1. Battle was not the main cause of death
It has been calculated that, during the wars with Revolutionary and Napoleonic France 1793-1815 – also known as the ‘Age of Sail’ – sailors were far more likely to die of disease or shipwreck than they ever were in fleet battle. Only 6.3 per cent of British sailors’ deaths in this period were caused by enemy action, rather than disease or accident (81.5 per cent) or shipwreck (12.2 per cent).
Fleet battle was not normal in relation to other British naval activity; most of the time the ships sat at anchor or patrolled windswept horizons in the constant toil of blockade. Life was dull. Sailors cleaned, painted and sewed. In terms of the day-to-day life of a sailor, which was lived in the cold, dark decks of a man of war, these years were very long indeed. Routine and discipline were therefore as important as cleanliness for the efficiency of any ship.
2. Sailors would rarely experience more than one battle
A sailor in the Royal Navy in 1805 would have served aboard one of 136 ships of the line – that is to say ships of 50 guns or more – or one of 160 cruisers; he would have been one of 114,012 sailors entered into British ships’ books. He could have been stationed in the North Sea, English Channel, Western Approaches, eastern or western Mediterranean, the Windward or Leeward Islands in the Caribbean, the East Indies or somewhere off the coast of North America.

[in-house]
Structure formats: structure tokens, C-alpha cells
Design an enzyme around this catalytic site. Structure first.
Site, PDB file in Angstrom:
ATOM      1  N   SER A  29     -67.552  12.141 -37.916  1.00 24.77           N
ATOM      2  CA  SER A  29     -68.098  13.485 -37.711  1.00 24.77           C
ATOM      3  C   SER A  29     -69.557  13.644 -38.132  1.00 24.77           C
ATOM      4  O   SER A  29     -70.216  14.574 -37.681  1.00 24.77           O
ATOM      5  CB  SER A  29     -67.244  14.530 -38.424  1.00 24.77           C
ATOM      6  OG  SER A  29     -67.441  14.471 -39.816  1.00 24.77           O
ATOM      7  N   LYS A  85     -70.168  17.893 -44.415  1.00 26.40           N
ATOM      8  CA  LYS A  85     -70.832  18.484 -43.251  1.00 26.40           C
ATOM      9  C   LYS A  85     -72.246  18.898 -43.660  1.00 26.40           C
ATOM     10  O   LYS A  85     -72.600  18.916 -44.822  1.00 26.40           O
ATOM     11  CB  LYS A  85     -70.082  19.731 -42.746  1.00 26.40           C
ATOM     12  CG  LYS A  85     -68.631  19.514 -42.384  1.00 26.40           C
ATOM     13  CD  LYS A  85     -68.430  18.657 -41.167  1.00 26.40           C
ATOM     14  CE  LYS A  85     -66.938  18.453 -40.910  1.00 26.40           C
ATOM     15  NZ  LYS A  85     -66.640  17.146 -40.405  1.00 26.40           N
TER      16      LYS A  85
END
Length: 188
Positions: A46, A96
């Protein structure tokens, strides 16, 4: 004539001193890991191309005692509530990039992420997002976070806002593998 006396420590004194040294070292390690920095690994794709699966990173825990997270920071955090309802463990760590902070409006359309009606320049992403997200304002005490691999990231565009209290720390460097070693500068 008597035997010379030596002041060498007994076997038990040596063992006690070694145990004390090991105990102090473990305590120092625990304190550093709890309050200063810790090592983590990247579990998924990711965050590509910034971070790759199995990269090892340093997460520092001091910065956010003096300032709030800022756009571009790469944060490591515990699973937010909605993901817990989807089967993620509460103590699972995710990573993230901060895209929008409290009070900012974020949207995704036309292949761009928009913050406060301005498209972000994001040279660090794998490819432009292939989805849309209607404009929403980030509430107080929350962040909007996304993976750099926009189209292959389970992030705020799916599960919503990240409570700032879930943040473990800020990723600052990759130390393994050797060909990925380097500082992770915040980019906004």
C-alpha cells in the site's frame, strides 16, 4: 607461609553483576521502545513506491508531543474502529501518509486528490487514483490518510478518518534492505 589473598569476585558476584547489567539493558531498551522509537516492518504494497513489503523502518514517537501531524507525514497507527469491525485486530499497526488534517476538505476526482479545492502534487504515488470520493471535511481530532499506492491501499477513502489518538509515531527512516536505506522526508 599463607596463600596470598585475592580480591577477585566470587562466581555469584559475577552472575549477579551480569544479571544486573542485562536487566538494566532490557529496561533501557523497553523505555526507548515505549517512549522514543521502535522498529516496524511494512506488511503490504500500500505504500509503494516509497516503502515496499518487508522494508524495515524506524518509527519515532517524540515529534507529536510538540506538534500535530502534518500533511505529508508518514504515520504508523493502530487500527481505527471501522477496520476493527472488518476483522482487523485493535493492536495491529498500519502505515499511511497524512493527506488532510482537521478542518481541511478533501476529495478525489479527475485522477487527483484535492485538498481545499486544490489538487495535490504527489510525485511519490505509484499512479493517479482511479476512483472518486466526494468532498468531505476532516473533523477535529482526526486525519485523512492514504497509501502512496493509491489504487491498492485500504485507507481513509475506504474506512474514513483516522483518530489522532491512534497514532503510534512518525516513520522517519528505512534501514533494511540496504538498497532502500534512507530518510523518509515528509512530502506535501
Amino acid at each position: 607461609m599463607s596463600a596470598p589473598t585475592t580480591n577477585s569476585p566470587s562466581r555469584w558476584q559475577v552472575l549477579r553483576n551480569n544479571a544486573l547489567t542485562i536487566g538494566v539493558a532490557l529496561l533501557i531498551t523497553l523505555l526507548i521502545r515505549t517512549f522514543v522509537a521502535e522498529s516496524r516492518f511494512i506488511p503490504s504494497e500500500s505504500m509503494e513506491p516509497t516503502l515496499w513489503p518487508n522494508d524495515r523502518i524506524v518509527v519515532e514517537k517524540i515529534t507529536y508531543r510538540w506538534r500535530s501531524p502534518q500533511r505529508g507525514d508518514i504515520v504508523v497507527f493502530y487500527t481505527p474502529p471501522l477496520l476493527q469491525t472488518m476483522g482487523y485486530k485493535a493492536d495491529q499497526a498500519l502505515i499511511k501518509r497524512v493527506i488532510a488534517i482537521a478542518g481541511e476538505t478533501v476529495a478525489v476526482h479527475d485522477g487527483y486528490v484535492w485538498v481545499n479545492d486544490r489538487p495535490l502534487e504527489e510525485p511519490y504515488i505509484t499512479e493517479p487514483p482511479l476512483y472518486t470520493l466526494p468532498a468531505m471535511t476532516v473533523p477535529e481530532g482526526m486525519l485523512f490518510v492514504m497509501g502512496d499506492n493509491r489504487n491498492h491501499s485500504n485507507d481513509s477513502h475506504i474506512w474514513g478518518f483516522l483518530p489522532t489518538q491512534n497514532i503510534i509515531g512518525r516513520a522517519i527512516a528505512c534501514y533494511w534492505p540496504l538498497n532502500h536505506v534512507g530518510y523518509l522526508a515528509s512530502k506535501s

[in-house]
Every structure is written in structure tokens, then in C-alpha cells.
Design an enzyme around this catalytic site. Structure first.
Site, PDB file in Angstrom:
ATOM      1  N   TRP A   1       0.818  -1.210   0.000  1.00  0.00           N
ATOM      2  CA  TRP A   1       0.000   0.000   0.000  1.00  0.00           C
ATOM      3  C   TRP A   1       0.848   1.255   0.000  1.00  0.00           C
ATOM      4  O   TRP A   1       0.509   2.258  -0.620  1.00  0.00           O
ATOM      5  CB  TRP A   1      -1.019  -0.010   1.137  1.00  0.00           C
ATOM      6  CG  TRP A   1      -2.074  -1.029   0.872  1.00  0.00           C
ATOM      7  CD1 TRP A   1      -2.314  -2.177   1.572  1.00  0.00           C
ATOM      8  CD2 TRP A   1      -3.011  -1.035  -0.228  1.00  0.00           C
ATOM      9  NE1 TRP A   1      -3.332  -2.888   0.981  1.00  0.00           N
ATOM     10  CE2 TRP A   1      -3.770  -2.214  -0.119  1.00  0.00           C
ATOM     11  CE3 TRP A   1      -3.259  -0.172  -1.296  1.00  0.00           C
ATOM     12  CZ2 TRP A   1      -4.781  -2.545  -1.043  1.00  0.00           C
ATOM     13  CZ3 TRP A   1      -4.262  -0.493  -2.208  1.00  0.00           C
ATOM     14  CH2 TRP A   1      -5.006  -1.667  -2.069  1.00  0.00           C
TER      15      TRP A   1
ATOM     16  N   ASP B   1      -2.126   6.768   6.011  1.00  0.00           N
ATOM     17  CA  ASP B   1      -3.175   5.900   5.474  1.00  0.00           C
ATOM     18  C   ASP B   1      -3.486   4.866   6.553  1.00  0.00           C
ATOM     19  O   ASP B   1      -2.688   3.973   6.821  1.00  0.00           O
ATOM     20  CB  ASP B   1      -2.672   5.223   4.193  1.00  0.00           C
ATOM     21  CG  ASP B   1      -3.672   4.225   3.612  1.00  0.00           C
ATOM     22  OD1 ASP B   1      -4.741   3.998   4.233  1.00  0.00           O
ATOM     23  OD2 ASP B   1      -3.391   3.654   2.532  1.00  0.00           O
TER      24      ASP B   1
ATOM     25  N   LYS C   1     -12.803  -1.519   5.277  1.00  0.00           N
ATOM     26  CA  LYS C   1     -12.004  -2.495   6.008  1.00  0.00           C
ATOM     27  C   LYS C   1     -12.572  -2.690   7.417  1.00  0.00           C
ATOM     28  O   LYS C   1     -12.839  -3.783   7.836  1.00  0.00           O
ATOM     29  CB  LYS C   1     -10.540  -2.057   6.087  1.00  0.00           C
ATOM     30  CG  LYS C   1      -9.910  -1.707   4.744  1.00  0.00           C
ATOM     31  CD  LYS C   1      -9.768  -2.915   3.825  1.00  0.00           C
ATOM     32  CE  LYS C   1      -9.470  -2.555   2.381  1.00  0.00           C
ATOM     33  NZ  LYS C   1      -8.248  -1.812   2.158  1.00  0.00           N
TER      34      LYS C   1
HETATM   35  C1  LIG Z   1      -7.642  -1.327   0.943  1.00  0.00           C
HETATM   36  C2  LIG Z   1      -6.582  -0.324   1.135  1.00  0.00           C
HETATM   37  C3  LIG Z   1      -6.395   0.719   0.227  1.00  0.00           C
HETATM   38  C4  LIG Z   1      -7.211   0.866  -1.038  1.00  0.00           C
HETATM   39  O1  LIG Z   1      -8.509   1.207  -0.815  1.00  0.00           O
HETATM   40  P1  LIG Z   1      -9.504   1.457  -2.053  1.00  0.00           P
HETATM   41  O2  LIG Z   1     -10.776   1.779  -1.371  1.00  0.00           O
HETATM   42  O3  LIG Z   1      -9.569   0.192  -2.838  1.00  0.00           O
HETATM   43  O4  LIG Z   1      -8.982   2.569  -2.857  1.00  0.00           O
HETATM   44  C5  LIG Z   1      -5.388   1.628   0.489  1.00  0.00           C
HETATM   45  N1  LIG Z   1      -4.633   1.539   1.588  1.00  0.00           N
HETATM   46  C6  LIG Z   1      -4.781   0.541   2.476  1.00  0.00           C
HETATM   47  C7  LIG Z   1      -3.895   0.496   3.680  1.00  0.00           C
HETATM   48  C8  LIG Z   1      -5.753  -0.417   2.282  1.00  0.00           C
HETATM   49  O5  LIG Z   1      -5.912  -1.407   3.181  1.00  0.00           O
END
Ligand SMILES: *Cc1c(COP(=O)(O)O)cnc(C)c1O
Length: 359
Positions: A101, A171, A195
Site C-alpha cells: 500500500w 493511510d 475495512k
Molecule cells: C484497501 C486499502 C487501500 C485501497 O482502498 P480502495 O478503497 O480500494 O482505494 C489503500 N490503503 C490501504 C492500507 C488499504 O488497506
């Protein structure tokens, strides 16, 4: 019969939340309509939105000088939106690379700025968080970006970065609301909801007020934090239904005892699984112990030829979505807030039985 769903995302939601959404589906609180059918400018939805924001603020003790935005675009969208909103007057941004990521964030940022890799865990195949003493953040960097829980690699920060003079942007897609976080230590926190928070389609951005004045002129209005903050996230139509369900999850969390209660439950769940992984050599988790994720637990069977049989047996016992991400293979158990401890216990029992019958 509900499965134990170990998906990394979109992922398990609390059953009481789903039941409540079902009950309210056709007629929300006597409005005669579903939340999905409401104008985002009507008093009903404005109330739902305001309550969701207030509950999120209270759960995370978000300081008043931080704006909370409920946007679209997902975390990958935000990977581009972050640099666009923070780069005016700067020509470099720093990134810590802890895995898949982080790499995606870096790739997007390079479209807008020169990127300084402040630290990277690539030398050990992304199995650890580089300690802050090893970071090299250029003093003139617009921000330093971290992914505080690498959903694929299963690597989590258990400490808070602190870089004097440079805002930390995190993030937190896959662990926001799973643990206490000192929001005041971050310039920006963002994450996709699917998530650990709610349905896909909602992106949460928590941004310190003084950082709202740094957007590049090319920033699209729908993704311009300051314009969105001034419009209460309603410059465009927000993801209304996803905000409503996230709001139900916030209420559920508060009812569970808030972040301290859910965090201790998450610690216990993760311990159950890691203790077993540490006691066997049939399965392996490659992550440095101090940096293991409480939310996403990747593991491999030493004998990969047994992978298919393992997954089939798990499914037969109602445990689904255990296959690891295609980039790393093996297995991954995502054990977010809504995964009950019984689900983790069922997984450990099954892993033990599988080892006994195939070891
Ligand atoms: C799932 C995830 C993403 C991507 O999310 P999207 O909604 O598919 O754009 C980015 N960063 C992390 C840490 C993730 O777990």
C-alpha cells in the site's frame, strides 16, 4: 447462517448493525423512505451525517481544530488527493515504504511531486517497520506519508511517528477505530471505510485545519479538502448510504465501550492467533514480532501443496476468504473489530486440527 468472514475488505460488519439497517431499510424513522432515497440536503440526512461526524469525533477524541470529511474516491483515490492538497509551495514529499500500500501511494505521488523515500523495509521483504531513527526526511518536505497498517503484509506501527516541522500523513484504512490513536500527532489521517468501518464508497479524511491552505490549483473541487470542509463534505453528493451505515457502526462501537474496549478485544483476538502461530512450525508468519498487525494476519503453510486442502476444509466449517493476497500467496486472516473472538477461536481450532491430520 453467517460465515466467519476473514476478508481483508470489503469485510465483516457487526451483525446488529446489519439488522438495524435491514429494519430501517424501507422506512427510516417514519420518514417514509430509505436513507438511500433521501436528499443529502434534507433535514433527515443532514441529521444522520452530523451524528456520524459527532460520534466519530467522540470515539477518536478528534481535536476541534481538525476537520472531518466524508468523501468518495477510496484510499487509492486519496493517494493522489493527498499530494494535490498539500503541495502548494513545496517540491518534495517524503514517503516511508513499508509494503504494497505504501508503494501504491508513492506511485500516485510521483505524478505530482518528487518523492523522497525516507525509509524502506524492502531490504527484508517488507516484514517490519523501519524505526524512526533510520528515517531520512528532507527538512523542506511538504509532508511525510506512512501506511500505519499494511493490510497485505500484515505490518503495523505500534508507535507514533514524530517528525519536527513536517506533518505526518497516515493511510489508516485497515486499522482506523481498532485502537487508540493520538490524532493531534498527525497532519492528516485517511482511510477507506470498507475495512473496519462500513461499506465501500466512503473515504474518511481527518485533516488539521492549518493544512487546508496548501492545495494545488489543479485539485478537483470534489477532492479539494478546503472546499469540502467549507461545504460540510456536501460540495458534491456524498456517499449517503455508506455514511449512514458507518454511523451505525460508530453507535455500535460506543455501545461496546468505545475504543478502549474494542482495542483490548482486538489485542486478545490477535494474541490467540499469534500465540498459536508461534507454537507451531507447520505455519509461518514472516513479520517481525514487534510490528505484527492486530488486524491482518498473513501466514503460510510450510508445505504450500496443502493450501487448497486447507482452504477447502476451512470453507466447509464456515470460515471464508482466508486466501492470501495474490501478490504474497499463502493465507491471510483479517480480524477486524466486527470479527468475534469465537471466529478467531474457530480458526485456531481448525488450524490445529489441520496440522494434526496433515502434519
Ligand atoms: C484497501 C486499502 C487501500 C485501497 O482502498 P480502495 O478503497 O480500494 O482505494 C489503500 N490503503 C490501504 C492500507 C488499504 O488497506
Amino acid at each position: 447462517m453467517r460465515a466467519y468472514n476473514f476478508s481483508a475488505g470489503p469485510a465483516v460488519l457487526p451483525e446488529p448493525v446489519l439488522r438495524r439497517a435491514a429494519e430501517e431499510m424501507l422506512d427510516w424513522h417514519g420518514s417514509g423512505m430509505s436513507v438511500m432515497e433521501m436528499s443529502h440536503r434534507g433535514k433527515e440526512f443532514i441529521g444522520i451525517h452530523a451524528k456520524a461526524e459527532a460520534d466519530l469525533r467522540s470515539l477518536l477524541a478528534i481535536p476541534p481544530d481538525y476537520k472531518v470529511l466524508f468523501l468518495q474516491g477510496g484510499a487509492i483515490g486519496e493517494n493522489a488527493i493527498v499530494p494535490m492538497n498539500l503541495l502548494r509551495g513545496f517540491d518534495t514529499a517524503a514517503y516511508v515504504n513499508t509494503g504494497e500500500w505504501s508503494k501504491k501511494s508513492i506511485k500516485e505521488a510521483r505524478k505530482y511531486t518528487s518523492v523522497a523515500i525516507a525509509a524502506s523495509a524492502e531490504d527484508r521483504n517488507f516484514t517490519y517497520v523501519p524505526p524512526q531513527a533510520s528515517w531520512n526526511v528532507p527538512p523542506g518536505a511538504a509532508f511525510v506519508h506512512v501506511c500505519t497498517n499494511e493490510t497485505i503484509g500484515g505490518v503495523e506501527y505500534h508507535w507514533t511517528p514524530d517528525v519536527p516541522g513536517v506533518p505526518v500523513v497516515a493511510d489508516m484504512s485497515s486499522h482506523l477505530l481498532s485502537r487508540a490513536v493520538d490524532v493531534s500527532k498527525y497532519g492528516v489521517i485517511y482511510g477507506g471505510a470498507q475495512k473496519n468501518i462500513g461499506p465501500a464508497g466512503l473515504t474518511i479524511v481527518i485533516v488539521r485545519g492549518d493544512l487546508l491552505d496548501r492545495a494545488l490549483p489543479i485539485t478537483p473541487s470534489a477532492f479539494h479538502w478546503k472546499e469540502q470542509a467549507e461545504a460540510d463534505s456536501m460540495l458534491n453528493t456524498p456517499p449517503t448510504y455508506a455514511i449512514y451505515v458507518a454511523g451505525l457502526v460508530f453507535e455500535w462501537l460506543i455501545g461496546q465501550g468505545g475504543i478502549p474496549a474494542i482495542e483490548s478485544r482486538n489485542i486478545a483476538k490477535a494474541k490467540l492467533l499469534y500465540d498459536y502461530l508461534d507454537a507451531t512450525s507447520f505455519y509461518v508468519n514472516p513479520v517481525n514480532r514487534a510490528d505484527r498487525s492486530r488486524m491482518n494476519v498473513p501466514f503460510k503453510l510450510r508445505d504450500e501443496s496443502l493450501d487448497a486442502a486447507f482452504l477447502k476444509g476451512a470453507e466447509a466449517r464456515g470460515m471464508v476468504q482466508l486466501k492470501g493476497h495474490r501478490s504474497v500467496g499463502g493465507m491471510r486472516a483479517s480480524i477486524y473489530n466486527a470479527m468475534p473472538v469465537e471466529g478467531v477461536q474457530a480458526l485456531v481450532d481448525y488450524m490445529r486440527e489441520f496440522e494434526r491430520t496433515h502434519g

Such a sailor would have been very lucky indeed to witness one battle, let alone more. Officers, especially talented ones, were more likely to witness fleet battle because they had a greater chance of being sent to trouble zones, and yet only three senior naval officers witnessed as many as three fleet battles in this period: Horatio Nelson, Cuthbert Collingwood and Edward Berry.
Portrait of Horatio Nelson by Lemuel Francis Abbott. Only three senior naval officers witnessed as many as three fleet battles in this period, one of which was Horatio Nelson. (Photo by VCG Wilson/Corbis via Getty Images)
3. Sailing warfare was chaos
In a naval battle in the ‘Age of Sail’, seascapes were shrouded by so much gun smoke that, in the midst of battle, visibility beyond a few feet was all but impossible. Confusion begat chaos, well-laid plans disintegrated, and random acts tipped battle one way or another.
This was the nature of sailing warfare. Incidents of friendly fire were common. Wind and swell, tide and current, light and dark, were all capable of ruining the best plans. The ships’ rigs were so vulnerable to damage that a single lucky shot could cripple any warship. The sudden death or injury of a ship’s officers could bring a crew to a standstill and the sudden death or injury of a large portion of the crew could bring the officers to standstill: neither could work without the other and both were vulnerable. As a rule, nothing ever went to plan.
4. The sails of a relatively small warship could block out two acres of sky